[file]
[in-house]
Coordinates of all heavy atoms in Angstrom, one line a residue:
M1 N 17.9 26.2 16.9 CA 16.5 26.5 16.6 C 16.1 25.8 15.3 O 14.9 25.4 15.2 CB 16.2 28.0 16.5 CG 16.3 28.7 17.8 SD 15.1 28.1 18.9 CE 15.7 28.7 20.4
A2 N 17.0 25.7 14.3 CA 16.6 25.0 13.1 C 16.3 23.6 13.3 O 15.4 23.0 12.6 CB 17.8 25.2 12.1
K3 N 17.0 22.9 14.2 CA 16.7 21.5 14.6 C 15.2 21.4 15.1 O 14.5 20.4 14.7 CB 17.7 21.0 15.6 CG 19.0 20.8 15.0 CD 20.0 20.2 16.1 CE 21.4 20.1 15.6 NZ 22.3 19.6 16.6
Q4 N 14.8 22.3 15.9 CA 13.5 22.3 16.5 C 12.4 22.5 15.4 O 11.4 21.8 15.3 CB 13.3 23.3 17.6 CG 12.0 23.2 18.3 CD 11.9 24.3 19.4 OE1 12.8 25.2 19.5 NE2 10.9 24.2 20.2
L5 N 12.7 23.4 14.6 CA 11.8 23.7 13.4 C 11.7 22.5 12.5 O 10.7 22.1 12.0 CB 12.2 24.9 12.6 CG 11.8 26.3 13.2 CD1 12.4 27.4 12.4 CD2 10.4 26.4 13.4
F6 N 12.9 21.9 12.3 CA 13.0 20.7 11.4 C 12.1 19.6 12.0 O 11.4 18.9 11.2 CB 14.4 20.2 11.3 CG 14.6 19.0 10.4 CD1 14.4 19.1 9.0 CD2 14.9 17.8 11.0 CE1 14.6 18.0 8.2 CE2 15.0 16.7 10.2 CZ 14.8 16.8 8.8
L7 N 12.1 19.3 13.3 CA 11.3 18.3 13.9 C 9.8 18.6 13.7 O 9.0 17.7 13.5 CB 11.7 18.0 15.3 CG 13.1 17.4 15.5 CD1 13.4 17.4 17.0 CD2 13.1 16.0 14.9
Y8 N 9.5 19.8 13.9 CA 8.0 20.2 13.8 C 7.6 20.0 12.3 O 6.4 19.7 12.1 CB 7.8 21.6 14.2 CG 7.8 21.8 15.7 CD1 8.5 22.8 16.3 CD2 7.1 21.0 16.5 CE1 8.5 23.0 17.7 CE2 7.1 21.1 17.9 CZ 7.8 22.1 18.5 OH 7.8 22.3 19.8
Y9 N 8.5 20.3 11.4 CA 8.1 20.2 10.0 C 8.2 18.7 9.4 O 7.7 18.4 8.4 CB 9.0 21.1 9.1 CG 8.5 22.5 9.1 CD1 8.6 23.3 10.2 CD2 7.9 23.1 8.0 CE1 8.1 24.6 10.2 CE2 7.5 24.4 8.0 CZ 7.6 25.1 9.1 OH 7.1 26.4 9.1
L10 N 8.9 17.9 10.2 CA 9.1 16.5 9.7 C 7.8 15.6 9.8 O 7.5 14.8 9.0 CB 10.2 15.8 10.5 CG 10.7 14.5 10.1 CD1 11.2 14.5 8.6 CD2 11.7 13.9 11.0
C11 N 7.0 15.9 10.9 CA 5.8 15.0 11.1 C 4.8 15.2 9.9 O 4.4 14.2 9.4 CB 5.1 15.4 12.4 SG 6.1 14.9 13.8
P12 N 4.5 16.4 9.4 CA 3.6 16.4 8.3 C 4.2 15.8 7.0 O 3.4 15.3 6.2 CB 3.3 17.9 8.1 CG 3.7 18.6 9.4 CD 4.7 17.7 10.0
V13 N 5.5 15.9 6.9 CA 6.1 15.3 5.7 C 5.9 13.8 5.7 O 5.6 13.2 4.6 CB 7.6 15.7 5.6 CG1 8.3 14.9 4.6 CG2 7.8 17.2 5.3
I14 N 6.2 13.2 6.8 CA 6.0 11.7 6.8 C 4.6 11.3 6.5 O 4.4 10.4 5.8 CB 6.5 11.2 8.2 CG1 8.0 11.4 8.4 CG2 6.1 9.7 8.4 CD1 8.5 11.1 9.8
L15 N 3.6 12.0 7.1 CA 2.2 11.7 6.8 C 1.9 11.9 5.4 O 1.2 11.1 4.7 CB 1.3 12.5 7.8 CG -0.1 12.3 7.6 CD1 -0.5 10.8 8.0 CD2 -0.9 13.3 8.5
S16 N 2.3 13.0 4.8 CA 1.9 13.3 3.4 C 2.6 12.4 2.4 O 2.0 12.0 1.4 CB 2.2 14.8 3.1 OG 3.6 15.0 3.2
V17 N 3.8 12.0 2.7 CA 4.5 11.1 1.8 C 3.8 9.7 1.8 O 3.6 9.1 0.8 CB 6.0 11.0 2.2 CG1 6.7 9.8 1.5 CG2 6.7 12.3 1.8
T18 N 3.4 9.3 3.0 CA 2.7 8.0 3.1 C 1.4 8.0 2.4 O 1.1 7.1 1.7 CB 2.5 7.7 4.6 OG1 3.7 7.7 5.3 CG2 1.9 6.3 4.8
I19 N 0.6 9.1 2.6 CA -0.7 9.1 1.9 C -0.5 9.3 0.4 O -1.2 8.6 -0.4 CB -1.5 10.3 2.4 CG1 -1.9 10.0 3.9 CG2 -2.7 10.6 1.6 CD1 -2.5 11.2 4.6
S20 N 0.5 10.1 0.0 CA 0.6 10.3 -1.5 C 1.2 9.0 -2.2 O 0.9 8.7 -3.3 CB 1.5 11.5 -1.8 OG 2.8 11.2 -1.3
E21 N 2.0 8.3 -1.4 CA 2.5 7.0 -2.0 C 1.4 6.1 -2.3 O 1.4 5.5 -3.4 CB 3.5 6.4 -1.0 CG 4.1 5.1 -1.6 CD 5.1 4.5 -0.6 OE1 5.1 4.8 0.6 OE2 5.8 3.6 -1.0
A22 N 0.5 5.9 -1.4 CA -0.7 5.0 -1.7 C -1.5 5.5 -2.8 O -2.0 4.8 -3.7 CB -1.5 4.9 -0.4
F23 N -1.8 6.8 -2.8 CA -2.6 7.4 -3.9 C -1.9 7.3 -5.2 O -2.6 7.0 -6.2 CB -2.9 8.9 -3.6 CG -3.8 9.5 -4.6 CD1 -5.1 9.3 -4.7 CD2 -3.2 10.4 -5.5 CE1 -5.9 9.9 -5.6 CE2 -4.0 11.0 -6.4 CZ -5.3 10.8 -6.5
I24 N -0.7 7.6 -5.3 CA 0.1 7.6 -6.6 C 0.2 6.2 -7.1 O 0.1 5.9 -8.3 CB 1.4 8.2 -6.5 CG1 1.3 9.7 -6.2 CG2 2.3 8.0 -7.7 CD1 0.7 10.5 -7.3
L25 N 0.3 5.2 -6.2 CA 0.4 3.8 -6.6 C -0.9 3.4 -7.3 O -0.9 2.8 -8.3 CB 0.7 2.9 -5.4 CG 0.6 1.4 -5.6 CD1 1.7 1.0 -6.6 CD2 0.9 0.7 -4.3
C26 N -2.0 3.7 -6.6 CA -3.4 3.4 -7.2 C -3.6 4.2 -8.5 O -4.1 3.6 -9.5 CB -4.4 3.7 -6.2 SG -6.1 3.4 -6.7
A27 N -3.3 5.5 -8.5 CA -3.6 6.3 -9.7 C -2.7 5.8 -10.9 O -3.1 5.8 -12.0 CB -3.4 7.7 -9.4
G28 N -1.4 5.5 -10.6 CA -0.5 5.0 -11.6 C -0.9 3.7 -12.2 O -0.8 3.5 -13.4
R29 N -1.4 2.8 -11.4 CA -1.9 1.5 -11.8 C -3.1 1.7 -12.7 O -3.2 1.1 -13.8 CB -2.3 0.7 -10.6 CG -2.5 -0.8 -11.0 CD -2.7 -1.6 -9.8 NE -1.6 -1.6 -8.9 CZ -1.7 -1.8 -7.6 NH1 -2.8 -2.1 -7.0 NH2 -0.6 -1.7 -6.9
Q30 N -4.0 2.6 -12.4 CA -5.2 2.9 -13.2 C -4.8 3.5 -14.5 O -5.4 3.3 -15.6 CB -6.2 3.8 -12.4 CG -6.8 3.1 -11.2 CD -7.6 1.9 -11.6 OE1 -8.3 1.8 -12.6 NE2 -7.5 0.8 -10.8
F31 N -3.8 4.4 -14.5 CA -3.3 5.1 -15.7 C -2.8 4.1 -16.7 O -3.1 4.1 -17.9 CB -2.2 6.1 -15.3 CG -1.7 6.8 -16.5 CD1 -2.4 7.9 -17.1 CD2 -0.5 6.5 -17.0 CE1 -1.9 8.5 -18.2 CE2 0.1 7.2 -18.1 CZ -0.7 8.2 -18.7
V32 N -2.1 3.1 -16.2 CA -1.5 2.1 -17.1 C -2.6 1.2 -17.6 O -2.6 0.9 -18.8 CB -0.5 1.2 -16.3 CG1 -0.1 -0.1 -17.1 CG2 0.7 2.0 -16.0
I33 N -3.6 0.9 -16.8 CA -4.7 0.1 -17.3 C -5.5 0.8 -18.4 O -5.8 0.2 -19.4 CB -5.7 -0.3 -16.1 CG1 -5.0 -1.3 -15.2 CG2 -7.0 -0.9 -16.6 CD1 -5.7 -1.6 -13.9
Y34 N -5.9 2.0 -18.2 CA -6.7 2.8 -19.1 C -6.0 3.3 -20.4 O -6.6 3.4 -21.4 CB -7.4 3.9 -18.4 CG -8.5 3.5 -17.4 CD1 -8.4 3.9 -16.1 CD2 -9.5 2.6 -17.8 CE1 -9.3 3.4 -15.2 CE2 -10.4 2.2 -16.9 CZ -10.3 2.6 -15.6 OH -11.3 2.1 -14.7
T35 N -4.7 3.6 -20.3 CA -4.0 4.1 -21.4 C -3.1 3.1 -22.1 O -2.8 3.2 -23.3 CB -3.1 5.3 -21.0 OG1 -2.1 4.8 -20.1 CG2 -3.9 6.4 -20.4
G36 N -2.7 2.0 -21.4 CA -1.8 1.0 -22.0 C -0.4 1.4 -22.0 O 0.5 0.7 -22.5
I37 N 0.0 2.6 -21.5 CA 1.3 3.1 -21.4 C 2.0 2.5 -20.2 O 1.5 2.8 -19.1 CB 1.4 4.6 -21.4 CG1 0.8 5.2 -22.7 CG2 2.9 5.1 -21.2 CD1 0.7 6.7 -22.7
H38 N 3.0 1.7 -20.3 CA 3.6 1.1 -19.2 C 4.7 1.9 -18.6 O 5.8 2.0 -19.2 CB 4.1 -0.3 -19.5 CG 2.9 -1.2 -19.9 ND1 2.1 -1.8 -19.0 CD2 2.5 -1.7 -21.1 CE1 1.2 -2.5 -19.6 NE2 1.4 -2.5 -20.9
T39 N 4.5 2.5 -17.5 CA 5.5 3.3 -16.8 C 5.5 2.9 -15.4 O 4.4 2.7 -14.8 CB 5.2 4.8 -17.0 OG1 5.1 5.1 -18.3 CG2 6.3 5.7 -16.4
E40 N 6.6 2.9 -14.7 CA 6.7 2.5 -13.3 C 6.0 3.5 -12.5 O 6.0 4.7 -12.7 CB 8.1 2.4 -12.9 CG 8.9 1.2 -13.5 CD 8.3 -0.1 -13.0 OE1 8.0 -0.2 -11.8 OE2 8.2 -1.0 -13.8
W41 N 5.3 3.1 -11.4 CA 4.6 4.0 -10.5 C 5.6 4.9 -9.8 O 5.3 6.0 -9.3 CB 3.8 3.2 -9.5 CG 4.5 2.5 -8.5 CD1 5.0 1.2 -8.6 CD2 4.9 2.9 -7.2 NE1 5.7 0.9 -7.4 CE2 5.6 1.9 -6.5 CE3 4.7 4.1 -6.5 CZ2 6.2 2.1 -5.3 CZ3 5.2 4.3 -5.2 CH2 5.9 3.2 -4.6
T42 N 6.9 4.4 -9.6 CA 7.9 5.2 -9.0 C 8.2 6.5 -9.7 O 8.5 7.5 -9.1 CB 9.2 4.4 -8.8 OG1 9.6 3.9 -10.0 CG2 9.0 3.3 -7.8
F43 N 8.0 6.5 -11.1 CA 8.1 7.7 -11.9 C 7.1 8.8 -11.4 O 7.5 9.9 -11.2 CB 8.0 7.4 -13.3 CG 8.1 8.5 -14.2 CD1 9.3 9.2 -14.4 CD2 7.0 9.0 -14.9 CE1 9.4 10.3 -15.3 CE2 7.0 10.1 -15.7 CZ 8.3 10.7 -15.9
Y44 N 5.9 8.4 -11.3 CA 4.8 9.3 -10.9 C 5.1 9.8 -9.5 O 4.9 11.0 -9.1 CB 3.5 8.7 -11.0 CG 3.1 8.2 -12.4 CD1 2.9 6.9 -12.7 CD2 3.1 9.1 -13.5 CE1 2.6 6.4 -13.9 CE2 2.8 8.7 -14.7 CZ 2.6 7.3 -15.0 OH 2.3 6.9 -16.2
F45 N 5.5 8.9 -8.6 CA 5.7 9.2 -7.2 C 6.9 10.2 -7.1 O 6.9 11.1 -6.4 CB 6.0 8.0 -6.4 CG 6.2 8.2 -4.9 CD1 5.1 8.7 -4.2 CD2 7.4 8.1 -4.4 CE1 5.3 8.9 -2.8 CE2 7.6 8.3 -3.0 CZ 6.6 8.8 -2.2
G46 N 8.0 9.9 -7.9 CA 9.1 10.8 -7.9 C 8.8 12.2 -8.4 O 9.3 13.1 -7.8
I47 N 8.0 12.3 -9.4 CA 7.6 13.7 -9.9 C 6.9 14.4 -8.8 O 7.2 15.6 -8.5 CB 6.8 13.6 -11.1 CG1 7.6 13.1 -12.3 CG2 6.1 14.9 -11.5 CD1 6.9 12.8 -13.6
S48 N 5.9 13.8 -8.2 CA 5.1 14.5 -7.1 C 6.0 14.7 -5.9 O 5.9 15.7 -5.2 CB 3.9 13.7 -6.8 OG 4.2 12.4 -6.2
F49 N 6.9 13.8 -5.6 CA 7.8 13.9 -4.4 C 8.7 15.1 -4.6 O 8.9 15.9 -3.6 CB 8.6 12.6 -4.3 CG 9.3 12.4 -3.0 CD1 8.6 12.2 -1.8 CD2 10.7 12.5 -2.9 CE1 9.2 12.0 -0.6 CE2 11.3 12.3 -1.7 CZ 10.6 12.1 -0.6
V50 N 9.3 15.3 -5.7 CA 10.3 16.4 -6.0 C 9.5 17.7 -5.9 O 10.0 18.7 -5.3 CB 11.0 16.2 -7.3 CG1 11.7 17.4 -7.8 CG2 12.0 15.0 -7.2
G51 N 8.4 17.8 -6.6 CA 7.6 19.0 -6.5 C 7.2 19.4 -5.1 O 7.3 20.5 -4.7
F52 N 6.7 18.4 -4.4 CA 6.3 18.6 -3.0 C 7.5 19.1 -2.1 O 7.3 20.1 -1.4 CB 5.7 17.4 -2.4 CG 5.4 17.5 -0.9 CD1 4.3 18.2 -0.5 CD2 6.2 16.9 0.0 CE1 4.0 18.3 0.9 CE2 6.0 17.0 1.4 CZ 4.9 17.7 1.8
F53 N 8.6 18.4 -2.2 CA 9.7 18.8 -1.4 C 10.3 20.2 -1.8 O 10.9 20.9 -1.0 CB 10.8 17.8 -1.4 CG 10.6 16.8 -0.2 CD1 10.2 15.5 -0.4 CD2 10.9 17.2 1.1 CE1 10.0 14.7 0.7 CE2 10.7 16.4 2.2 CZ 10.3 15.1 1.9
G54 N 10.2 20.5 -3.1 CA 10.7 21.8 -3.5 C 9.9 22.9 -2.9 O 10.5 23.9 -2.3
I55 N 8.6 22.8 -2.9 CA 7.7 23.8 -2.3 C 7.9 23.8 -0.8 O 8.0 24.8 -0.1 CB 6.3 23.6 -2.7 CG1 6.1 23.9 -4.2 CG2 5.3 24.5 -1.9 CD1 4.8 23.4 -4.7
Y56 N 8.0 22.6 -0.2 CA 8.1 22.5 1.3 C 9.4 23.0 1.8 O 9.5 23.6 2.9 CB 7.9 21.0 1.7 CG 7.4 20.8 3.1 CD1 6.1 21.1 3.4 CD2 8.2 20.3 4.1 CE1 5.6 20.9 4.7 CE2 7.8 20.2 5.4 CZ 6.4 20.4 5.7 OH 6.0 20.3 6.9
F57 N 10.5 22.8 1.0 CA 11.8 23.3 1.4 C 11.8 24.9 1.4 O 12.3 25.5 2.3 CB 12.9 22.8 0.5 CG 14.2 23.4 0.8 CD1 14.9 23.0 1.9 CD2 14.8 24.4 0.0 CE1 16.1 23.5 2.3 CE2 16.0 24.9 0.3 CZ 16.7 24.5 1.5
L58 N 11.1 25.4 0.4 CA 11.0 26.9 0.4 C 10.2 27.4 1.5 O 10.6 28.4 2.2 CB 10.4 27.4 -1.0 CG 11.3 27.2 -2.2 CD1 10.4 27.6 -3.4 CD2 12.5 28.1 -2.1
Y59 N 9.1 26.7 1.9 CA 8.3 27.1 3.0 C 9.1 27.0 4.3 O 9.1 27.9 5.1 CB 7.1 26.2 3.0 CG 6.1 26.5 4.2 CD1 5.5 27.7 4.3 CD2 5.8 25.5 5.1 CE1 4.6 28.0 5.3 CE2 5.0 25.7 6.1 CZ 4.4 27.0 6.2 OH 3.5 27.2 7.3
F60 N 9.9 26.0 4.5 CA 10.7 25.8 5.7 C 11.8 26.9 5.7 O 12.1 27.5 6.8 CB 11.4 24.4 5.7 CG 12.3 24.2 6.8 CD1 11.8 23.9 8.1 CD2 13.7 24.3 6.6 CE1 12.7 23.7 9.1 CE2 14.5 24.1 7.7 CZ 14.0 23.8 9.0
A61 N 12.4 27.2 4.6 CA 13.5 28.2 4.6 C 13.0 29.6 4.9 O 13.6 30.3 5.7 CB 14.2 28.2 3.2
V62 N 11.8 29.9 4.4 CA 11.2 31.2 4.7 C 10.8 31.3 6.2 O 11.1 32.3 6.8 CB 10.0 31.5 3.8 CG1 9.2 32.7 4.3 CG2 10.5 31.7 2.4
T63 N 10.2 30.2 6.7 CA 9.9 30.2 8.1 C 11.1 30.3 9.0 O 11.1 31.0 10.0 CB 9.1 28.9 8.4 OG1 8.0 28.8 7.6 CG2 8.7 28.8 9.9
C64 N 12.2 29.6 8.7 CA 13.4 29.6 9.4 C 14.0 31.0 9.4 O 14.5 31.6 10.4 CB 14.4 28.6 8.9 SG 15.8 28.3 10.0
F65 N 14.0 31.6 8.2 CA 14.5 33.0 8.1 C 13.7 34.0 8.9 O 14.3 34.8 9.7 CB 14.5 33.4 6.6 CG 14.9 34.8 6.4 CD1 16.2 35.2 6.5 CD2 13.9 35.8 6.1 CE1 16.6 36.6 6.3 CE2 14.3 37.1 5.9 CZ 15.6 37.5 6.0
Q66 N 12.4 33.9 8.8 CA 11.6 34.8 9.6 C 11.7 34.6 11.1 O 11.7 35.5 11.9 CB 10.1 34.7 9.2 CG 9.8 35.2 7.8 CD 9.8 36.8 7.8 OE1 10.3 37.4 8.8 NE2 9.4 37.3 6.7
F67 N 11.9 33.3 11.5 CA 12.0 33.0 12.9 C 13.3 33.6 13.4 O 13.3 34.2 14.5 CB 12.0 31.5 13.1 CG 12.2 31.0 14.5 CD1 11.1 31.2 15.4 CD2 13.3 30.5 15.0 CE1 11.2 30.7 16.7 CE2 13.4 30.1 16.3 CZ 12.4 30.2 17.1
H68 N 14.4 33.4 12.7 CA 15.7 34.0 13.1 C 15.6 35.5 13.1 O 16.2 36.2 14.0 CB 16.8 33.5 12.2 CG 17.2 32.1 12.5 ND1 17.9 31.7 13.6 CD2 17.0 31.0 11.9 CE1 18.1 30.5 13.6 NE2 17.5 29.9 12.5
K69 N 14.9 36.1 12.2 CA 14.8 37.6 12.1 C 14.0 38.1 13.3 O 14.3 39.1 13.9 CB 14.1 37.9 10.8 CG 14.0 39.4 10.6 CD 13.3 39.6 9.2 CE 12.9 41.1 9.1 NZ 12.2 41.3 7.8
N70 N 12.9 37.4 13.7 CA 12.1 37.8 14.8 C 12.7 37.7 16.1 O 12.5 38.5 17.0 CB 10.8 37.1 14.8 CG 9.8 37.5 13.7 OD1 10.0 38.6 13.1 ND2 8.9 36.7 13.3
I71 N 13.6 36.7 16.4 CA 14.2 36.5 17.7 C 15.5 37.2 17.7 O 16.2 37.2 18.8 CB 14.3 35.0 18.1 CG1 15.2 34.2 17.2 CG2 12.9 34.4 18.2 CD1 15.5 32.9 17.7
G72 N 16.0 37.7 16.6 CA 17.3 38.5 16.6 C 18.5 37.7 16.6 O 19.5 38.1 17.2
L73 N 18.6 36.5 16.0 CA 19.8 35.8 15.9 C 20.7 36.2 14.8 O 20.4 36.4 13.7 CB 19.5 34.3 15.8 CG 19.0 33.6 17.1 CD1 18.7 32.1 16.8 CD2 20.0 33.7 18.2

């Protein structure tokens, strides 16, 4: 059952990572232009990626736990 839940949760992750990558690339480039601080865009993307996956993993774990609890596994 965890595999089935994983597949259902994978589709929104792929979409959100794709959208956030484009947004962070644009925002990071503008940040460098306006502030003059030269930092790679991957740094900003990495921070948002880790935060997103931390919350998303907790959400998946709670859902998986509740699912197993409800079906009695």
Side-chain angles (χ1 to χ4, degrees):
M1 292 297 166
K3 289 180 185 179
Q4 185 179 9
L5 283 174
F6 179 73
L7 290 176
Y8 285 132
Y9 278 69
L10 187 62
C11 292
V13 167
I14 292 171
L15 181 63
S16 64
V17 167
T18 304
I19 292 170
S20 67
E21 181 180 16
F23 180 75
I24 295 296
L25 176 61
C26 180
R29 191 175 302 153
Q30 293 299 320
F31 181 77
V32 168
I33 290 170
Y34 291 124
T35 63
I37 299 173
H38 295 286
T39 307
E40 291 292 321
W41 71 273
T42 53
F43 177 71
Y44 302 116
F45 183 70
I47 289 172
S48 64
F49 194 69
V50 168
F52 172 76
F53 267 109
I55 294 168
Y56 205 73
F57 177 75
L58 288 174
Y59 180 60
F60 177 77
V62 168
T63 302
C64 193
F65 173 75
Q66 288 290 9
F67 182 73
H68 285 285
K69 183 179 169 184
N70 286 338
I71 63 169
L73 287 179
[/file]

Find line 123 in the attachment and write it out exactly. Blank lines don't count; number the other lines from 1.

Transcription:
I55 294 168